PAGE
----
To narrow issues and promote settlement in “oversized patent cases,” on July 31, 2017, Chief Judge Leonard Stark of the District of Delaware issued an order that indicates a preference for bellwether trials on all issues for a subset of representative patents, instead of “reverse bifurcation,” wherein the issue of damages is addressed first. Intel Corp. v. Future Link Sys., LLC, Case No. 1:14-cv-377 (D. Del. July 31, 2017) (J. Stark).
On April 28, 2017, the District Court for the District of Delaware denied AVM Technologies’ motion for summary judgment because Intel’s non infringement defense based on the reverse doctrine of equivalents requires the Court to resolve disputes of material fact regarding the manner in which Intel’s product functioned relative to the claimed invention.
The District Court of Delaware denied defendant Wockhardt’s motion to dismiss a patent infringement action based on the reasonable inference that plaintiff AstraZeneca may need to assert its patent rights in the future. On May 23, 2014, AstraZeneca filed a patent infringement action in the District of Delaware against Wockhardt. AztraZeneca alleged that Wockhardt’s submission of an Abbreviated New Drug Application (ANDA) to the FDA with a Paragraph IV certification infringed several of AstraZeneca’s patents pursuant to 35 U.S.C § 271(e)(2). Prior to the initiation of the litigation, Wockhardt submitted an ANDA seeking the FDA’s approval to market a generic version of AstraZeneca’s ONGLYZA drug product. Wockhardt’s ANDA was submitted with a Paragraph IV certification, which means that Wockhardt asserted that AstraZeneca’s patents covering ONGLYZA were invalid or unenforceable or not infringed by Wockhardt’s ANDA product. Wockhardt sent a Notice Letter to AstraZeneca stating that Wockhardt had submitted an ANDA with a Paragraph IV certification and that it intended to engage in the commercial manufacture, use and sale of a generic version of the ONGLYZA product before the expiration of AstraZeneca’s patents. Pursuant to the Hatch-Waxman Act, AstraZeneca filed suit within 45 days of receipt of Wockhardt’s Notice Letter.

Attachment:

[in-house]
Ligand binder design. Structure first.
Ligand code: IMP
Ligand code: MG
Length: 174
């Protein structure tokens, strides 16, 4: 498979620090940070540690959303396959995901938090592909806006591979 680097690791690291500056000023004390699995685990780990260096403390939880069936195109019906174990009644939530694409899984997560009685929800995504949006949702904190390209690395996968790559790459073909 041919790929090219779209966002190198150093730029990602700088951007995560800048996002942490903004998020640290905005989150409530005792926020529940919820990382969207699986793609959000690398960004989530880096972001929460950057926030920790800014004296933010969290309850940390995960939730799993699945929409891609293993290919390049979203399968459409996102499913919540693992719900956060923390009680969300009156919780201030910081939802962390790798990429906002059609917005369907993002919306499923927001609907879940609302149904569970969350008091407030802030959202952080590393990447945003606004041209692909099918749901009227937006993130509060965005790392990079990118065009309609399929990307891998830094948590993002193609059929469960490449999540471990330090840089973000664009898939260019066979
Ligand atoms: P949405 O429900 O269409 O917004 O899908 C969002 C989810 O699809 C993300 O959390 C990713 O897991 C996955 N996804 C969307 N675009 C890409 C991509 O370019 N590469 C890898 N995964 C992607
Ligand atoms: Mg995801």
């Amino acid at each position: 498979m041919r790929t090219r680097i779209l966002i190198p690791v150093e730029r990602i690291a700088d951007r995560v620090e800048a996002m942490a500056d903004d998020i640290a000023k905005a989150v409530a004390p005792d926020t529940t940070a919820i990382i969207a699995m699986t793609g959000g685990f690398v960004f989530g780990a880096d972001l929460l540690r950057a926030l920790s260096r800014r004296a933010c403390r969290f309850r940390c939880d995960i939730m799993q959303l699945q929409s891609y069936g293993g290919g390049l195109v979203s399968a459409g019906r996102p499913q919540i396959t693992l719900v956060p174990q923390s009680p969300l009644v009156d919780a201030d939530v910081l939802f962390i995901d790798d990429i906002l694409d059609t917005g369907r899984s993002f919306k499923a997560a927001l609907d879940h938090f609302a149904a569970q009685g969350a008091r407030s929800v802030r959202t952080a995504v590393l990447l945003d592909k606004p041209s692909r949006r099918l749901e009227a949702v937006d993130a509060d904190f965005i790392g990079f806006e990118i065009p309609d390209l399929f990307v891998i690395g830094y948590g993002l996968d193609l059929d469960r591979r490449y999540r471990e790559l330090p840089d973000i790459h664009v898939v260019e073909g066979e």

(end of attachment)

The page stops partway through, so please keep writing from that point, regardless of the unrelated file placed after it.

In a decision issued on August 25, 2016, Judge Sleet weighed in on the ongoing debate about whether a claim directed to a method of treatment is patent eligible subject matter under 35 U.S.C. § 101.
On May 2, 2016, the District Court for the District of Delaware denied defendant’s motion for attorneys’ fees under § 285. Plaintiff had originally filed suit against defendant, arguing that it infringed two patents generally directed to computer-based messaging systems. The defendant filed a motion for summary judgment arguing that the claims were directed to the abstract idea of “collecting and saving information relating to a business process,” and thus were invalid under § 101. The court ultimately granted defendant’s motion.
In granting defendant’s proposal regarding the scope of a prosecution bar, the court faulted plaintiff’s failure in developing a record to demonstrate the alleged harm it would suffer if it were denied counsel of its choice.
According to the Federal Circuit, a party seeking imposition of a patent prosecution bar must show that there is a risk that counsel involved in matters before the United States Patent and Trademark Office (PTO) may inadvertently use confidential information learned in litigation. The risk of inadvertent disclosure turns on the extent to which counsel is involved in “competitive decision-making” with its client. The court must then balance that risk against the potential harm that the party affected by the bar would face were it to be denied counsel of its choice.
A district court in Delaware granted defendant Jack Henry & Associates’ motion for attorneys’ fees and ordered plaintiff Joao Bock Transaction Systems to pay $1 million in attorney’s fees under 35 U.S.C. § 285. The order came following the Federal Circuit’s affirmance of the district court’s order invalidating plaintiff’s online-transaction security patent as claiming only an abstract idea. In awarding the fees to Defendant, Judge Robinson stated that “[t]aking into account that patent cases are complex and patent litigation is an expensive proposition, nevertheless, the court will award attorney fees of $1,000,000 to account for the fact that plaintiff's ever changing litigation strategies (including its claim construction positions) created a tortuous path to resolution.”
After a jury found infringement and no invalidity in a patent case involving HVAC systems, Judge Robinson of the District of Delaware granted a new trial based on prejudicial and gratuitous statements made by an attorney during closing arguments. The court explained that of the most common reasons for granting a new trial, one is “improper conduct by an attorney or the court [that] unfairly influenced the verdict.” Opinion at 4. Defendant Goodman argued in the post-trial phase that Plaintiff Carrier’s counsel made improper arguments during closing regarding indemnity and copying issues, as well as the burden of proof.